- David M. Hale, College football
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Going against 6-foot-6 Kelvin Benjamin in practice, it helps to have a plan.
The key, Nick Waisome said, is getting inside his arms, keeping him away from the ball. The outcome -- well, that's not always perfect.
"It's a coin toss," Waisome said.
Murray State won't provide Waisome with quite as tough a matchup Saturday, but that doesn't mean Waisome won't be tested in his first career start. Then again, he's also expecting to win more than half those battles, too.
Waisome outplayed freshman Ronald Darby this fall, winning the starting field corner job vacated by Greg Reid, who was dismissed from the program Aug. 1. Opposite Xavier Rhodes, Waisome said he expects to get picked on often by opposing quarterbacks, and that will begin with Murray State's Casey Brockman.
"He gets the ball down the field, gets it out, completes 66 percent," Jimbo Fisher said. "I think he's a very, very good player."
Murray State might be a lower-tier opponent, but Brockman comes with some impressive credentials. He was a third-team All-American selection last season, and he's the Ohio Valley Conference preseason offensive player of the year this season after throwing for 3,276 yards and 25 touchdowns in 2011. The Racers finished the season as the No. 7-ranked passing offense in FCS.
That means Waisome should get his share of chances to prove he deserved the starting job.
"I'm happy with how things went (this fall), and I feel like I did real strong, but I've got to put my skills to the test this first week," Waisome said.
Fisher said Darby will get a chance to play Saturday, too, but the job is Waisome's to lose, and safety Lamarcus Joyner said the sophomore has shown he's capable of getting the job done.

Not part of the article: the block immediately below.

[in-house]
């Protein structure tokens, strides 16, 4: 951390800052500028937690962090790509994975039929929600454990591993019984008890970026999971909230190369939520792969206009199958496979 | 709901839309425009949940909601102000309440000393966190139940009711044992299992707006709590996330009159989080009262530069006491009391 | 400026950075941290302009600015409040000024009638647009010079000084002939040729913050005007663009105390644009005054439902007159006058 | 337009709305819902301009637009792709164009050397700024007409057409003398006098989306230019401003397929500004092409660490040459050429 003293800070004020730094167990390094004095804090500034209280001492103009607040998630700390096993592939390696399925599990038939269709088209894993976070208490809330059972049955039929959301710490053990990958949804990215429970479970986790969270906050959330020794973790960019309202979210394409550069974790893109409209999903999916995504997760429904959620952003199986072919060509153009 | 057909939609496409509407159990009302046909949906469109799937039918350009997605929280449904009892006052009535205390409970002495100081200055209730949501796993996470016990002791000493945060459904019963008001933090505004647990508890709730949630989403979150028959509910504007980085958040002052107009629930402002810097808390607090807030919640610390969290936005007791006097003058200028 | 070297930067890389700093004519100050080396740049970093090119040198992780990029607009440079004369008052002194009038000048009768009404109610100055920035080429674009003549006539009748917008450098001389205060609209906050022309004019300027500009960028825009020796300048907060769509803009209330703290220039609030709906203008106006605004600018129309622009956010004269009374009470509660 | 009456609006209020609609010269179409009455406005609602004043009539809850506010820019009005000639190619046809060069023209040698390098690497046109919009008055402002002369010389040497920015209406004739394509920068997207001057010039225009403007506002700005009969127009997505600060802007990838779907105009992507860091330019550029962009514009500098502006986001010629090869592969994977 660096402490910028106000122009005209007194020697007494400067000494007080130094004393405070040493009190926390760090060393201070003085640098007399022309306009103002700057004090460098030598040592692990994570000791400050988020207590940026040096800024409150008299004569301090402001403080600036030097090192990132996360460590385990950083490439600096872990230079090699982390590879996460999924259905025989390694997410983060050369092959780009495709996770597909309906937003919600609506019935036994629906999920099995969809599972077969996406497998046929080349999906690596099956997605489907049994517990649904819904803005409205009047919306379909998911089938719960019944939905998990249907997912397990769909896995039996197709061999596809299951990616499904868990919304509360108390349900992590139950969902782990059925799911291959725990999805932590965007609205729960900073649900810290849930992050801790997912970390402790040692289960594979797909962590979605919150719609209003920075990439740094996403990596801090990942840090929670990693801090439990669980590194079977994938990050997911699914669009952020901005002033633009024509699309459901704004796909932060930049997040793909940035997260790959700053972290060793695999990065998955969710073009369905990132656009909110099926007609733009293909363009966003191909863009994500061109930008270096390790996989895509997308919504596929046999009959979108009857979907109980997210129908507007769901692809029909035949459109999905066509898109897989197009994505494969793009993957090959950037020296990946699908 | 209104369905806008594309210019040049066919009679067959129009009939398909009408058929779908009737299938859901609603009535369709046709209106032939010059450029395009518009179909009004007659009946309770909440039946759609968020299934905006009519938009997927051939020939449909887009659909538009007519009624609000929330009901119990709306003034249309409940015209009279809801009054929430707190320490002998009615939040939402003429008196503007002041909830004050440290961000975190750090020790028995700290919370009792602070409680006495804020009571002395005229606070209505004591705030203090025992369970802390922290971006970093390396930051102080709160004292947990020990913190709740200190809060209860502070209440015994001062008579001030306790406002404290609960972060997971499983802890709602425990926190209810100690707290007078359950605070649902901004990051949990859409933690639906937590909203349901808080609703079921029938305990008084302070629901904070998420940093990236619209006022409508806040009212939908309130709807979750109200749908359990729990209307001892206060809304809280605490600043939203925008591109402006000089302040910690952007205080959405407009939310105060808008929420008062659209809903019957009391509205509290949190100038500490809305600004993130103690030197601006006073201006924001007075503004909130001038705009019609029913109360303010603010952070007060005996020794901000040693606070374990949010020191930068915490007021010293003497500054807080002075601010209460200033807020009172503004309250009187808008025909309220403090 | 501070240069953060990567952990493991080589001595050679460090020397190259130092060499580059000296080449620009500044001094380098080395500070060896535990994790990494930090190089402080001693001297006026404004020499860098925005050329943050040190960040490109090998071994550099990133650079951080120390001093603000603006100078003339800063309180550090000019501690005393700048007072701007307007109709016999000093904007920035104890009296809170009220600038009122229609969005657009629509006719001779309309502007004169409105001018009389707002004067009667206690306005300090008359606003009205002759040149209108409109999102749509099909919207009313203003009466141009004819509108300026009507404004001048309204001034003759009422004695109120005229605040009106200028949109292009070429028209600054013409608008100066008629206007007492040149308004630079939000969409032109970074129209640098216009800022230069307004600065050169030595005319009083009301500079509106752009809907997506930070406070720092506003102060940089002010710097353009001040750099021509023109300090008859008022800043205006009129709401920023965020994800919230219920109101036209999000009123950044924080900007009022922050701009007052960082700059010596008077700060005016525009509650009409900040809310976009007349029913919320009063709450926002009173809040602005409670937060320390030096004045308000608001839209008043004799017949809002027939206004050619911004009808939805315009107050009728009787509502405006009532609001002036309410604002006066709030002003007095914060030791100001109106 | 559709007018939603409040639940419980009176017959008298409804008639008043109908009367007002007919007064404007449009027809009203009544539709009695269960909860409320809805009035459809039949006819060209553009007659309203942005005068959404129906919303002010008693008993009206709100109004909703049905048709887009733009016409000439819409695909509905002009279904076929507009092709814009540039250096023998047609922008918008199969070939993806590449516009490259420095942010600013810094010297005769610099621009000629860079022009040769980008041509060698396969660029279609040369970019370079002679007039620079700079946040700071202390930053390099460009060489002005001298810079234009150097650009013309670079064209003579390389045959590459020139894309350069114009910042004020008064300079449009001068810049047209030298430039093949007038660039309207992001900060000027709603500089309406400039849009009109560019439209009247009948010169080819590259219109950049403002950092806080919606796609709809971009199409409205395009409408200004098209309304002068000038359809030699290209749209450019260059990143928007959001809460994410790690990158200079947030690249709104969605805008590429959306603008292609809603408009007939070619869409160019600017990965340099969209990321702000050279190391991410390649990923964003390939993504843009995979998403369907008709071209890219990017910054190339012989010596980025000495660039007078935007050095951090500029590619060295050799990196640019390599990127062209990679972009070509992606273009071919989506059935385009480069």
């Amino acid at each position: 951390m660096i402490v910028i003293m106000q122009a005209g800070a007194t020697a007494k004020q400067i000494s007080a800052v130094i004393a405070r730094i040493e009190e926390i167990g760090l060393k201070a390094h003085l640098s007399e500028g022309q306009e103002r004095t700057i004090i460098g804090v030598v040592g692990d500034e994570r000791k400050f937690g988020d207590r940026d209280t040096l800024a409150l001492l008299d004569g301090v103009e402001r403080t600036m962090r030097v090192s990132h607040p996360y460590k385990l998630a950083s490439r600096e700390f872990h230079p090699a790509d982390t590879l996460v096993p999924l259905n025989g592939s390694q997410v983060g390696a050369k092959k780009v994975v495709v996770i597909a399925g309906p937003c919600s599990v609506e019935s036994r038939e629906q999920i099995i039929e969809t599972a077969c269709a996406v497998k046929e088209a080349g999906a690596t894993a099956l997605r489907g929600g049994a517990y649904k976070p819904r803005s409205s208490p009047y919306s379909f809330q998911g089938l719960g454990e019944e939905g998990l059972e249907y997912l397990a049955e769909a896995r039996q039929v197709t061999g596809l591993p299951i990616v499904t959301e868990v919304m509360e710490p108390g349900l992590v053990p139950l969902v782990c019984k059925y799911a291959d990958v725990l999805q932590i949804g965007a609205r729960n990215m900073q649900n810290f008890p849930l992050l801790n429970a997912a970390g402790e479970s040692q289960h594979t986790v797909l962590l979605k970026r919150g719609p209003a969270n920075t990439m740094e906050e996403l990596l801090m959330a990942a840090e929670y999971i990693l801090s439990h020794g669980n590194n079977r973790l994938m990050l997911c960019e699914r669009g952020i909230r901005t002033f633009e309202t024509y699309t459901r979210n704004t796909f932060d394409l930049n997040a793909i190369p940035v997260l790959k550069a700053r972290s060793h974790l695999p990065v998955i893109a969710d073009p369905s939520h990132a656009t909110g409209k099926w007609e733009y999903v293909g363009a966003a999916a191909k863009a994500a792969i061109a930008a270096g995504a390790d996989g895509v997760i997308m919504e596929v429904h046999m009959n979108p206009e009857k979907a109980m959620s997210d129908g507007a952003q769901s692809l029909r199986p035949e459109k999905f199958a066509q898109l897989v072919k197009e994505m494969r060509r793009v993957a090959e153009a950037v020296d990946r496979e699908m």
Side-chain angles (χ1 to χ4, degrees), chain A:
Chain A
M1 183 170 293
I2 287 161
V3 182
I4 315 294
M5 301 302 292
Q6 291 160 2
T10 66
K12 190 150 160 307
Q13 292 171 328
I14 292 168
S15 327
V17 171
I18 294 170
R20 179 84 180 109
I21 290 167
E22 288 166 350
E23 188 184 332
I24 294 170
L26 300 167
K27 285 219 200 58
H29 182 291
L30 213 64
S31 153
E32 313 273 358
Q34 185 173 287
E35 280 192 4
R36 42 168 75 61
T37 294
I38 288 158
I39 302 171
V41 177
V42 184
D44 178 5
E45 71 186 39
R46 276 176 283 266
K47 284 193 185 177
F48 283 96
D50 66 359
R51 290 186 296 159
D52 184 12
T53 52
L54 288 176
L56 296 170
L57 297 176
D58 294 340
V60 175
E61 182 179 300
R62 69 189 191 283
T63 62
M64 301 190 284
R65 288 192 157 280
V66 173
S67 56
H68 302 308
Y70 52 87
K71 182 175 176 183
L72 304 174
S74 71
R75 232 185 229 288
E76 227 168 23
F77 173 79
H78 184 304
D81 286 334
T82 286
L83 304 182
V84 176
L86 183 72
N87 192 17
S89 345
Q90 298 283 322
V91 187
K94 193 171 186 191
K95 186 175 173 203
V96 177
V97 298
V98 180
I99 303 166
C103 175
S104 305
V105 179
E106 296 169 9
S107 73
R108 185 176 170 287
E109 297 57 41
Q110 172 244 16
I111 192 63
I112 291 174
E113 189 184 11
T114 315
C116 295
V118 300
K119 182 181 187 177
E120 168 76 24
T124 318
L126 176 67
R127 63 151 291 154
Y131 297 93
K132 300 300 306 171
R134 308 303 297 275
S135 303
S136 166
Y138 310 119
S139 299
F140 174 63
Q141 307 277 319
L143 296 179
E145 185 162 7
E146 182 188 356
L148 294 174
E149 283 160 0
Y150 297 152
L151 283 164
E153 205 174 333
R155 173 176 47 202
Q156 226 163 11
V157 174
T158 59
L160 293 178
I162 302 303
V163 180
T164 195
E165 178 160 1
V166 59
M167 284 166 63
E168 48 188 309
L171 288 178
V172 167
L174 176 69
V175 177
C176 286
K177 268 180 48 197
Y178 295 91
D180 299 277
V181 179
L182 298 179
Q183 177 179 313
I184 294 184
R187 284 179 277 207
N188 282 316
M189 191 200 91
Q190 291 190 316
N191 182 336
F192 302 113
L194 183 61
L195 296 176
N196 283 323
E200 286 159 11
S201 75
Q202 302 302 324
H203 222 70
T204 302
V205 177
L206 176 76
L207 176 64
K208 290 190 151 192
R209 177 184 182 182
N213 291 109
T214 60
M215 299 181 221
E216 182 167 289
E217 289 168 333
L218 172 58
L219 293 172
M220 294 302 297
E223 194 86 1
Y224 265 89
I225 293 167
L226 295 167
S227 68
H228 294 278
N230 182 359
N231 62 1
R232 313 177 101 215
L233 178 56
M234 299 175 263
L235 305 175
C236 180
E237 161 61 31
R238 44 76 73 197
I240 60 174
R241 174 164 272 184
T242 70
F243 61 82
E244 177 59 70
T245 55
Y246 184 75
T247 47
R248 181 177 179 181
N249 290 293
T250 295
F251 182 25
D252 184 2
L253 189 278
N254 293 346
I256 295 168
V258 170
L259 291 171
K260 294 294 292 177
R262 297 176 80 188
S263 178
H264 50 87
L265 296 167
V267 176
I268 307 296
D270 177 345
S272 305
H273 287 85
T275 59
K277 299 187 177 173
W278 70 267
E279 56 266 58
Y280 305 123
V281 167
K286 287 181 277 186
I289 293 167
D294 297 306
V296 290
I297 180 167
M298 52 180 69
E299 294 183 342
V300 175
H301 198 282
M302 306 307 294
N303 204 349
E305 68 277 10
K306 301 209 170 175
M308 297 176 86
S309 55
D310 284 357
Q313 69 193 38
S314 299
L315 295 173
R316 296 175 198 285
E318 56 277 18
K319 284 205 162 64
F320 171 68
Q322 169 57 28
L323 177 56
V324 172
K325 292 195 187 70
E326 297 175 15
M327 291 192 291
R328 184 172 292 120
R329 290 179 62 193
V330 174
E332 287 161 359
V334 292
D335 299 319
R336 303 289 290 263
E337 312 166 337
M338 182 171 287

“You can tell that Waisome’s been in college, in the system for a year," Joyner said. "Darby is full of potential and a lot of talent, he’s just got to get fundamentally and technique sound, and that’s where Waisome is a little ahead of him right now.”
Of course, it's not just Waisome that should get a test from the Murray State passing attack, which makes a habit of creating chaos underneath. That will give Christian Jones and Nick Moody, veterans who switched positions this offseason, a chance to shine, too.
"They'll go a lot underneath challenging your 'backers to see how they match up underneath with crossing patterns," Fisher said. "They'll be a good challenge."
1. First look at freshmen. Florida State fans should get a good look at a handful of highly touted newcomers, including Darby, wide receiver Kelvin Benjamin, defensive tackle Eddie Goldman and defensive end Mario Edwards Jr. None are slated to start, but if FSU gets a big lead early -- something most fans are anticipating -- there should be plenty of reps to go around in the second half while Fisher gets a taste of what his newcomers can contribute.
2. EJ's last opener. Florida State's senior quarterback EJ Manuel has high hopes for his final season in Tallahassee, and that starts with thumping Murray State. Between the new-look offensive line, a deep corps of receivers, and the return of running back Chris Thompson, Manuel should have plenty of new weapons at his disposal. The question will be whether he can turn all of that into a marquee season before he heads to the NFL.
3. Where's Bobby? In the three years since being pushed out as Florida State's head coach, Bobby Bowden hasn't returned to Doak Campbell Stadium. That won't change this year, despite the former coach being inducted into the FSU hall of fame this weekend. Bowden will be in attendance for tonight's induction ceremony, but when the honorees -- including former FSU quarterback Danny Kanell -- are recognized during Saturday's game, Bowden won't be in attendance.
'Noles to watch